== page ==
Latin America Meets a Collapsing State
Beatrice E. Rangel
Afghanistan and Somalia have been the poster boys for a collapsing state. And as students go through Political Sciences 101 their teachers invariable repeat that such developments are not likely to take place in the Western World given that most went through nation building exercises stemming from the Renaissance and the Counter Reform. These experiences led Western nations to build resilient and self transforming institutions.
His indeed seems to be case for Europe and the US. But Latin America was founded by the only European power that had failed to experience renaissance or counter reform. Spain was, to be sure, in its middle medieval stage when venturing to America. And as a proper medieval power, Spain’s intellectual might did not revolve around wealth creation but rather on matters of such transcendental significance as the relation of faith to reason, the existence of God, the development of theology and metaphysics, and the categories of knowledge. And from the operational point of view Spain’s focus was on conquering territories with its peoples to secure possession by the Spanish Crown.
The nations minted in the Spanish coinage thus were closed, corporativists and mercantilists. Neither of these foundational pillars are particularly good at adapting to or fostering change. Because as societies progress people desire more freedom and as economic growth proceeds people desire to participate through revenue sharing means. Institutions thus need to change to accommodate new groups; interests and wealth creation conduits. Development outcomes tend to crash against an institutional framework designed to control au lieu of governing people and to extract rent au lieu of creating wealth. As time passes and technology disseminates information and knowledge to ever increasing audiences and at lightening speed the mediaeval architecture begins to crack. It eventually explodes.
This has been the story of Latin America. Passage from agricultural to manufacturing was heralded by civil wars. These internecine wars dynamited the system. Institutions were rebuilt at the turn of the 19th century and beginning of the 20th century. The medieval edifice was then dressed up with features from libertarian systems existing in Europe and the United States. The newly minted republics crashed once again at the next development stage. Rebellions and guerrilla movements sprouted south of the Rio Grande. These conflicts came to an end through a mix of military repression and internationally backed negotiations as late as the 1990s. The hemisphere however had been spared the experience of nesting a collapsing state. The closest to this outcome had been Paraguay after the Chaco War and Haiti after Aristide and the earthquake. But the 21st century is the innovation era and technology opened the way to the advent of this experience.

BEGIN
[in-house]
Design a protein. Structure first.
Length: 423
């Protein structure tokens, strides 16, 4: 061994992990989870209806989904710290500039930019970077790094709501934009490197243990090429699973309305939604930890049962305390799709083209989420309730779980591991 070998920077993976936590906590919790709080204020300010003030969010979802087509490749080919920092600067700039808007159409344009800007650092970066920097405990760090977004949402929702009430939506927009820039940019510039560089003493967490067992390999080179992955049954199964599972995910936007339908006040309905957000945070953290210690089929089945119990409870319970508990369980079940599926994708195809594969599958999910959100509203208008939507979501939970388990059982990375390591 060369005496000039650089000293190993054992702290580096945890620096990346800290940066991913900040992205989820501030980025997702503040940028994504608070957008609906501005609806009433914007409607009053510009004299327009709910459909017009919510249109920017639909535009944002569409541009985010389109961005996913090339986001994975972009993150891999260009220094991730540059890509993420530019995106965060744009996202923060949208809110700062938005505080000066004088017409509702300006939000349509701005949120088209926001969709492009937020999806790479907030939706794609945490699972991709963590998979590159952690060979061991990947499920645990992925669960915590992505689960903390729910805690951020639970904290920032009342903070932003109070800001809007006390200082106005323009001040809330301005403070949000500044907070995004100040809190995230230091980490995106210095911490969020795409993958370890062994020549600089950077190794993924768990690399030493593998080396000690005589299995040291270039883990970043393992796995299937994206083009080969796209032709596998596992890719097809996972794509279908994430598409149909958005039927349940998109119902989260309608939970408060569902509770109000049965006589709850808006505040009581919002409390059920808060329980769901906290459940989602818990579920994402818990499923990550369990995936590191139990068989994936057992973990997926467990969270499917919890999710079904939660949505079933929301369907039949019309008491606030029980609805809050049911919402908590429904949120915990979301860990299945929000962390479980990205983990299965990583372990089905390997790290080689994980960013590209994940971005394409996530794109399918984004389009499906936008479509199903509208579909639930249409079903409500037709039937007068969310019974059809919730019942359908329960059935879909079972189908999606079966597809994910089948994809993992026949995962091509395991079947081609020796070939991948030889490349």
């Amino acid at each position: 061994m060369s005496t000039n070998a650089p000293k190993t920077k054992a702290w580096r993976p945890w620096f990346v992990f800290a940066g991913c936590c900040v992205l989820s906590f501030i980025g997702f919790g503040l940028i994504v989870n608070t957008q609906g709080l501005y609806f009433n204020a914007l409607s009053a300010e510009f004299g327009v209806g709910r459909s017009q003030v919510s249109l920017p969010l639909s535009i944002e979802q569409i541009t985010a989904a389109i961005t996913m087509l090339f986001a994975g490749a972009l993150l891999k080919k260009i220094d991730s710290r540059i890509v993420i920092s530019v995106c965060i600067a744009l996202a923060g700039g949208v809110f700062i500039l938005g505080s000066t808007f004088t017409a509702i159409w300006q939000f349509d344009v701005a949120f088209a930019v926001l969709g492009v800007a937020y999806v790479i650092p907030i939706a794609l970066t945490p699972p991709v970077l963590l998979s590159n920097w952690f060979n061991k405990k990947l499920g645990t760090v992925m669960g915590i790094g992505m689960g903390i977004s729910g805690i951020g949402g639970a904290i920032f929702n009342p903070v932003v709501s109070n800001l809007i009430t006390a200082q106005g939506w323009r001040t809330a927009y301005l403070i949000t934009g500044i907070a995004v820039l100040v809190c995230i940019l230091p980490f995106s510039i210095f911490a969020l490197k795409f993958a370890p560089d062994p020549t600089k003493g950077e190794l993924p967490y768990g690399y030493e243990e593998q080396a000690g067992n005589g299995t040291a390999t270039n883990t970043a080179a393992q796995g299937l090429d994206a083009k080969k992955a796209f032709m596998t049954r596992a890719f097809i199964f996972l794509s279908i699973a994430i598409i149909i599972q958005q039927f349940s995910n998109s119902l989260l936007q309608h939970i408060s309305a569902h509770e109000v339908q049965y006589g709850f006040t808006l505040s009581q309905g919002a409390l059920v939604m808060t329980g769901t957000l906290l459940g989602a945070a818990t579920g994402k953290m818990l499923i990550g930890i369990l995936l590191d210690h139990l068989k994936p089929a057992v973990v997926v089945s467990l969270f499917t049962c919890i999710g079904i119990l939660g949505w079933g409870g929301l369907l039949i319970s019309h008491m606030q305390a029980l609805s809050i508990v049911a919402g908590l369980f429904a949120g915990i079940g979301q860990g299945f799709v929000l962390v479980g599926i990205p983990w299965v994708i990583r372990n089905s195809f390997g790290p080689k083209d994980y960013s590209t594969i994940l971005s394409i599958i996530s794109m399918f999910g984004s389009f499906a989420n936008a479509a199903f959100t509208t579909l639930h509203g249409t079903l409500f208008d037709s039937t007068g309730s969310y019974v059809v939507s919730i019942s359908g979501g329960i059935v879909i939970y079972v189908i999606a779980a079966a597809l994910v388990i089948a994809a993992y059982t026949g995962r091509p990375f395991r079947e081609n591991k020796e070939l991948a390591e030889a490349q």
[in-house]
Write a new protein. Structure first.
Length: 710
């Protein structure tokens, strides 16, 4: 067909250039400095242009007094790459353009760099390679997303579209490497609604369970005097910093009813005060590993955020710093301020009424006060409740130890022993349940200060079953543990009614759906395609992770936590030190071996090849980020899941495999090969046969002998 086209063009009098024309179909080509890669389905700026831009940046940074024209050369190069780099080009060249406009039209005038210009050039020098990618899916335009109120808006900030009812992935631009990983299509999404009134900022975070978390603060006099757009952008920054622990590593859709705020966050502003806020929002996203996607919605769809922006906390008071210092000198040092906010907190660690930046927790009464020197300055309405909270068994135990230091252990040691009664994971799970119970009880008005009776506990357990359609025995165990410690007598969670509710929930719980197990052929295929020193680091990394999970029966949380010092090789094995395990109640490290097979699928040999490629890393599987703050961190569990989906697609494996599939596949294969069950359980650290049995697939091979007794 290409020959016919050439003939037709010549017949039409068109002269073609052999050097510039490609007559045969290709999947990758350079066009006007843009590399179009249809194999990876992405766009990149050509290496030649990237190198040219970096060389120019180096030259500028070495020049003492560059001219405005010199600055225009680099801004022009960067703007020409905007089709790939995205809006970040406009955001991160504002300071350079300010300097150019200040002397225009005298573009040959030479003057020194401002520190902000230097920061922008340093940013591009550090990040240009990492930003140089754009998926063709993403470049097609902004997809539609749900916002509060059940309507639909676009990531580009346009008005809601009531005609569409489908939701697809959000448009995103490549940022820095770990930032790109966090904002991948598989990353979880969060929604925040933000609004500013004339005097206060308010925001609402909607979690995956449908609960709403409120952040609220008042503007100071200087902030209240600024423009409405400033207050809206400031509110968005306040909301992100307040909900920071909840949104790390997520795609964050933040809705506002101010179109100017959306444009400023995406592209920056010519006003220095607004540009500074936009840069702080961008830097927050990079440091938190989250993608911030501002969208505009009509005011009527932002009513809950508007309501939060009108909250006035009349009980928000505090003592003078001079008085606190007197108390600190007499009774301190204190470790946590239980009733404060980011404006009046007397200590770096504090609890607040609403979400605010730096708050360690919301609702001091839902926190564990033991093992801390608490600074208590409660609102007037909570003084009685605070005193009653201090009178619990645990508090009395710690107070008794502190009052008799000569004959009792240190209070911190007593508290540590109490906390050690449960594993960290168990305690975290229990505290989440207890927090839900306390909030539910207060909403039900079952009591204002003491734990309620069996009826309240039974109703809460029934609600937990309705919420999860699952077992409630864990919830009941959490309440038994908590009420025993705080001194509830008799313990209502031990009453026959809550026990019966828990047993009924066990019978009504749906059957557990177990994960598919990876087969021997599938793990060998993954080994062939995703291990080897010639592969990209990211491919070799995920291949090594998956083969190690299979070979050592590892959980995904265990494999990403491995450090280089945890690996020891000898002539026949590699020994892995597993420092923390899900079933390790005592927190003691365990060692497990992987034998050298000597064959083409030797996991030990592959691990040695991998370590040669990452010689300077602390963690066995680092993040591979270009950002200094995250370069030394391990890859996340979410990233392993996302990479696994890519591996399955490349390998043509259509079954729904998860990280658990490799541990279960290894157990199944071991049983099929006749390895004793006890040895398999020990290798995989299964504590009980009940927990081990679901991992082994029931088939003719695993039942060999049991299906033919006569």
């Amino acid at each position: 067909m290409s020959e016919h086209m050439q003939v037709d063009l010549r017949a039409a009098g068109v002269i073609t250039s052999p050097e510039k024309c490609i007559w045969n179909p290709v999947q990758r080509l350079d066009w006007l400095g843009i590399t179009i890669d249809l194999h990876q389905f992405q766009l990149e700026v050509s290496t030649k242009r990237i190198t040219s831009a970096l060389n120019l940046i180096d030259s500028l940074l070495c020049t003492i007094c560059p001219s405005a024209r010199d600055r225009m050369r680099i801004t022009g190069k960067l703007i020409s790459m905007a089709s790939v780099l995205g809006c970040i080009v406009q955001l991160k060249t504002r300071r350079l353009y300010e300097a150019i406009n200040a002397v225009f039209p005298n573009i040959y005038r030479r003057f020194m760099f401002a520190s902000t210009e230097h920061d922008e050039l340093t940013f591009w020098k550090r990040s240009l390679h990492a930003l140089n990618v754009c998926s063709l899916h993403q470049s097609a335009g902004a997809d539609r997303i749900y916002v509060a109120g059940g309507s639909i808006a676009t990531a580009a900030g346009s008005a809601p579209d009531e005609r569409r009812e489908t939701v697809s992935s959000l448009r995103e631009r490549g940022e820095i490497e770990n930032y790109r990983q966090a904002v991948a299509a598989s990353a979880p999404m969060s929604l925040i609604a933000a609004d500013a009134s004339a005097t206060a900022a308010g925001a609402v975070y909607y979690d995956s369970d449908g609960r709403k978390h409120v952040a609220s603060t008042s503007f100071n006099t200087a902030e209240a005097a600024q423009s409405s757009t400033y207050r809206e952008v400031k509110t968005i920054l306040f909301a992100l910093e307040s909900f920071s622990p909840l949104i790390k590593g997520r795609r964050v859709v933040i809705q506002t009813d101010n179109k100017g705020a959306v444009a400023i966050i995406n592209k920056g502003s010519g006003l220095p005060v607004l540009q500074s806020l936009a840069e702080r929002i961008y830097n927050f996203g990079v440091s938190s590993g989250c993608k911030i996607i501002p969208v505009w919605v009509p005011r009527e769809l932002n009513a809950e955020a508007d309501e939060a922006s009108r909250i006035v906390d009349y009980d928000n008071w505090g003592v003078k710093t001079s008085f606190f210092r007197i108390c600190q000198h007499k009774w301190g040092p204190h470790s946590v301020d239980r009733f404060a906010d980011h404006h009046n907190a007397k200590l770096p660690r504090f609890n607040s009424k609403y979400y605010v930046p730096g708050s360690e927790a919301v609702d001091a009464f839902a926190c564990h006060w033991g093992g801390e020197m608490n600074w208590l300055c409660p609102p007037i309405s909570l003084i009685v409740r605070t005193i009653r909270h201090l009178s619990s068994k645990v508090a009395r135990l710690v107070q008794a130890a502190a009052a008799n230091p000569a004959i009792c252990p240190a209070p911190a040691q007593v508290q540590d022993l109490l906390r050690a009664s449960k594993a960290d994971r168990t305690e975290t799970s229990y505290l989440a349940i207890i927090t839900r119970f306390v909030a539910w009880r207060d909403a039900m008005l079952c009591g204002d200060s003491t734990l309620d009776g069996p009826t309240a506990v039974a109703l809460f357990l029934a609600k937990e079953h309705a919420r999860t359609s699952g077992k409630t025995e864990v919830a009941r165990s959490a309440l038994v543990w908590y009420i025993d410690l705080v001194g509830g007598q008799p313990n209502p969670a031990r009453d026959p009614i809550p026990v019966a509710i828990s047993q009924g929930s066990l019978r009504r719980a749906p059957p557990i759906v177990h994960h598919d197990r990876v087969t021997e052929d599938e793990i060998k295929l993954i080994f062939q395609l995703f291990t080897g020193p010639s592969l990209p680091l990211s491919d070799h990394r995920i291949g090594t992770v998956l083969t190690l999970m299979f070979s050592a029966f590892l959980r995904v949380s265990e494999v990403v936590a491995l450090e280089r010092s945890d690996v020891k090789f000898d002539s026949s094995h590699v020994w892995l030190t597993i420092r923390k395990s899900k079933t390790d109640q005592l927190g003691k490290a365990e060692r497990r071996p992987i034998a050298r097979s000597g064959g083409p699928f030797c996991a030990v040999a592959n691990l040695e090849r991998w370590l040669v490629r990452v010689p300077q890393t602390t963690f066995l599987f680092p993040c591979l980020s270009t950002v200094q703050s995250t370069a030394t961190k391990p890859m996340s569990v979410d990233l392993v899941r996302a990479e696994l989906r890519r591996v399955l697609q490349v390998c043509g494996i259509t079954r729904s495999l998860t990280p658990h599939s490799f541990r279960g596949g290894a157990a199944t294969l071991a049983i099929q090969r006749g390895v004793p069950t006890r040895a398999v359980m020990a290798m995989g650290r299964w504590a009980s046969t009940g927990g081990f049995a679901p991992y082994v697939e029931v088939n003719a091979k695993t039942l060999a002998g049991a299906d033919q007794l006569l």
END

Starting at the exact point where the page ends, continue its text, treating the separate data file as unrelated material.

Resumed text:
An unexpected actor was invited to the Latin-American power stage: organized crime. Advances in technology have facilitated the development of effective value chains for organized crime. Institutional cracks all over the Latin America, a history of impunity when it comes to corruption and technology advances that allow organized crime to create parallel financial and communications networks have worked the miracle of provoking the collapse of Venezuela. The country opened the door to organized crime when it decided to grant safe haven to the Colombian guerrillas Today the Venezuelan state has been penetrated by organized crime and it is collapsing under public policies that favor the richest spread ever of illegal activities spanning from drug trafficking to counterfeiting to terrorist financing. And this nation is propelling out of its border about 20% of its population that fearing violence; and death through famine or disease is literally stampeding out of Venezuela. These people are creating untenable pressures on public services of South American countries as they spread disease and chaos in the terrorized flight. Soon they will also be used by organized crime to establish outposts for its illegal activities. That will be the time when the international community will realize that it needs to take severe action. Lest the world can afford to live safely with a 21st Century Port Royal of continental dimensions.
Beatrice Rangel is President & CEO of the AMLA Consulting Group, which provides growth and partnership opportunities in US and Hispanic markets. AMLA identifies the best potential partner for businesses which are eager to exploit the growing buying power of the US Hispanic market and for US Corporations seeking to find investment partners in Latin America. Previously, she was Chief of Staff for Venezuela President Carlos Andres Perez as well as Chief Strategist for the Cisneros Group of Companies.
For her work throughout Latin America, Rangel has been honored with the Order of Merit of May from Argentina, the Condor of the Andes Order from Bolivia, the Bernardo O’Higgins Order by Chile, the Order of Boyaca from Colombia, and the National Order of Jose Matías Delgado from El Salvador.
Published by LAHT.com on Monday, August 27th, 2018
*The opinions published herein are the sole responsibility of its author.*